InvestigationThe prestigious firm, headed by Christine Lagarde between 1999 and 2005, uses its influence to limit international regulations and satisfy its customers with sometimes sulphurous reputations.
It’s the Rolls-Royce of law firms. Baker McKenzie. The first of the “global firms”, capable of intervening in all areas of law on the five continents. A brand with an impeccable reputation, represented by nearly 5,000 lawyers in forty-six countries, in which the most prestigious clients can place their trust with their eyes closed. A powerful network of “elders”, who, like the Goldman Sachs bank, now occupy the most eminent public functions – such as Christine Lagarde, head of the cabinet between 1999 and 2005, and now president of the European Central Bank ( ECB).
But “BMK” also has a dark side, revealed by the “Pandora Papers” survey, conducted by The world with the International Consortium of Investigative Journalists (ICIJ): that of a pillar of the world of offshore finance, this parallel economy which benefits individuals and companies in search of opacity or tax exemption.
Thousands of confidential documents obtained by the ICIJ detail how the firm helps its clients reap the benefits of the offshore industry, while helping to influence regulations in a way favorable to their interests.
What are the “Pandora Papers”?
“Pandora Papers” is a collaborative investigation led by the International Consortium of Investigative Journalists (ICIJ) in partnership with 150 international media, including The world. It is based on the leak of nearly 12 million confidential documents, transmitted by an anonymous source to the ICIJ, from the archives of fourteen firms specializing in the creation of offshore companies in tax havens (British Virgin Islands, Dubai, Singapore, Panama, the Seychelles…).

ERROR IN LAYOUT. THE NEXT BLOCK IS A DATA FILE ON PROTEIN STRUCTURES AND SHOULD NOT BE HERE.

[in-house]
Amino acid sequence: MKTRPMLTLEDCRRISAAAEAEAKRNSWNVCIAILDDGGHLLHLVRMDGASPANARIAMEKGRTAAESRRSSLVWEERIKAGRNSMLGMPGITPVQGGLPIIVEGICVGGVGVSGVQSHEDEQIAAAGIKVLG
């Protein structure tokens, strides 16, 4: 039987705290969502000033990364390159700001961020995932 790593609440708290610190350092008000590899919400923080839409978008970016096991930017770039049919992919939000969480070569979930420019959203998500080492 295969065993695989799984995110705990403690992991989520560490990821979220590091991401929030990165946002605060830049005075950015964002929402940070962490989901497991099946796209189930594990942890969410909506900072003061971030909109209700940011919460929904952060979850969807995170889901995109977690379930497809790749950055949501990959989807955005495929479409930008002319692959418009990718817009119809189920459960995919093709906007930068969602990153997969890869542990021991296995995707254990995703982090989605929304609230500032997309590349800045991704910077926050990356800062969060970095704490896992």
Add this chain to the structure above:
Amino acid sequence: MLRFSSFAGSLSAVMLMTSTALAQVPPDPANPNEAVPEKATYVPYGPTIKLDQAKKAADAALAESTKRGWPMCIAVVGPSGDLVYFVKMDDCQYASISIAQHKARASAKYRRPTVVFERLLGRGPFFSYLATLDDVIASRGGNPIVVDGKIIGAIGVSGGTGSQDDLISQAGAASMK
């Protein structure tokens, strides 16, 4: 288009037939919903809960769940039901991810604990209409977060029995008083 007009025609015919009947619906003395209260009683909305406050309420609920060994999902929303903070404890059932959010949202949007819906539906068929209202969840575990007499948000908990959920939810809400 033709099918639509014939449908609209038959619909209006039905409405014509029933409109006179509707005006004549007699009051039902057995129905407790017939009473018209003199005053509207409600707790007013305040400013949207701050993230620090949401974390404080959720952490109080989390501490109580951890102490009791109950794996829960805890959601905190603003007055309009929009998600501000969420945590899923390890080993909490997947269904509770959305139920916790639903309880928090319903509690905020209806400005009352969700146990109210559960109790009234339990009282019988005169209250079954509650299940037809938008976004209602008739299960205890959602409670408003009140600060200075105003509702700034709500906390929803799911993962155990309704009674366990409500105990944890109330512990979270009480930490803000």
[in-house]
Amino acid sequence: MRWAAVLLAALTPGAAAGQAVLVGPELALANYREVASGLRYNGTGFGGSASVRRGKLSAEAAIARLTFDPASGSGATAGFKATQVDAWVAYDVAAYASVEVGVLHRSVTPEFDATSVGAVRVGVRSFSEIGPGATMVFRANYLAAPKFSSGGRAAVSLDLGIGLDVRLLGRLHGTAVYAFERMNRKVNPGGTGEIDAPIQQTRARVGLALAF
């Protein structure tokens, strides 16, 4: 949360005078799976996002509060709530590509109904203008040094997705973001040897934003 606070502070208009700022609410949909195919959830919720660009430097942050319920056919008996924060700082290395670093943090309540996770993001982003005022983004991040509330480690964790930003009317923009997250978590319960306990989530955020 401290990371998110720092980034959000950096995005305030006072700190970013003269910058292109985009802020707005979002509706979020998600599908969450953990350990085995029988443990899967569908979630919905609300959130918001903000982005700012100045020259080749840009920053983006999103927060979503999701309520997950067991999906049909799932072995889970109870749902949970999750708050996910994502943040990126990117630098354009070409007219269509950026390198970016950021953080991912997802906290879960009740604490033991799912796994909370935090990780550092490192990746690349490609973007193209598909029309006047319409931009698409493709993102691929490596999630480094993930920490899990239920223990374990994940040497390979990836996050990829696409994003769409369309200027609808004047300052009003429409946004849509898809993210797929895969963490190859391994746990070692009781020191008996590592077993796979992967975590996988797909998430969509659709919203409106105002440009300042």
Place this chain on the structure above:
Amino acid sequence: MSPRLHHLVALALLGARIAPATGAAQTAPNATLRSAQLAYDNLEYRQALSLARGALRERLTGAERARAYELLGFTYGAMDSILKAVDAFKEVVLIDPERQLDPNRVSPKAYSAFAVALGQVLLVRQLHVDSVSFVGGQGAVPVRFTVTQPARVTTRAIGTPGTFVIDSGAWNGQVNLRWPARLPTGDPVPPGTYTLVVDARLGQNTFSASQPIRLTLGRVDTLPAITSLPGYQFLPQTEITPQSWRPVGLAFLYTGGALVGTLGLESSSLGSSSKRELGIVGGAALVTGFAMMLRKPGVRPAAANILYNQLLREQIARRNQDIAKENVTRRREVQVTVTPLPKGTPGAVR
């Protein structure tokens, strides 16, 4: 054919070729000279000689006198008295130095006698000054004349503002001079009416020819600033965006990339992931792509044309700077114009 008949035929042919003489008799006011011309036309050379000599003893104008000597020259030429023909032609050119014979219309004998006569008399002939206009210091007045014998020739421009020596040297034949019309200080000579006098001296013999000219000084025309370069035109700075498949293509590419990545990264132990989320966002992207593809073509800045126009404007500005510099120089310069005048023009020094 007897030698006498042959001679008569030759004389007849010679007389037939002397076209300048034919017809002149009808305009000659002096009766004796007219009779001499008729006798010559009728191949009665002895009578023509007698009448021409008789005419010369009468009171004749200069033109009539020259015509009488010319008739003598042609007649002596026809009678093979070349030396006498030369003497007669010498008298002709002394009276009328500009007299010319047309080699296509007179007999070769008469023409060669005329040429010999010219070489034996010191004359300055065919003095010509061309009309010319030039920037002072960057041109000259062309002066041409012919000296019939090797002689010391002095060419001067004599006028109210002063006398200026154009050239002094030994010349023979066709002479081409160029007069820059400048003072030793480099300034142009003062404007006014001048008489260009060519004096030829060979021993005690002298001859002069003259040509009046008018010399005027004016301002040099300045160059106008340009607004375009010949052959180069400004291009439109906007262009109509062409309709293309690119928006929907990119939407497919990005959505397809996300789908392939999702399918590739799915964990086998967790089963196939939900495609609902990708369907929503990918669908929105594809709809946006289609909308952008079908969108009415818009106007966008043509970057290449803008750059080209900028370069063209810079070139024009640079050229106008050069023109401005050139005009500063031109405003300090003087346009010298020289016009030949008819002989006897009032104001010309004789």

Five years after the “Panama Papers”, the investigation reveals the extent of the excesses of the offshore industry and its limited companies. She shows how this system benefits hundreds of politicians, and how new tax havens take over as old ones convert to transparency.
Although Baker McKenzie’s internal archives are not included in the ‘Pandora Papers’ leak, the group is mentioned indirectly in more than 7,500 documents from offshore firms based in Panama, Cyprus or the British Virgin Islands (BVI). We discover that “BMK” has delegated to them the creation and administration of hundreds of front companies on behalf of its clients, thus avoiding direct compromise. Companies that often turn out to be empty shells, simple interposition structures intended to take advantage of the advantages of the tax havens in which they are registered.
Asked by the ICIJ, the firm refused to expand on the raison d’être of these offshore companies, by referring the responsibility to intermediaries or end customers.
But several documents from the “Pandora Papers” raise questions. Like this exchange of e-mails, in 2008, between the office of “BMK” in Florida and an offshore service provider, around a company open to the BVI on behalf of a wealthy Canadian, who clearly wishes “Protect yourself from US property taxes”. Or, four years later, when an employee of the firm took part in the transfer to the BVI of the companies of an American billionaire hitherto established in Panama, at the very time when international pressure on this country intensified.
You have 78.15% of this article left to read. The following is for subscribers only.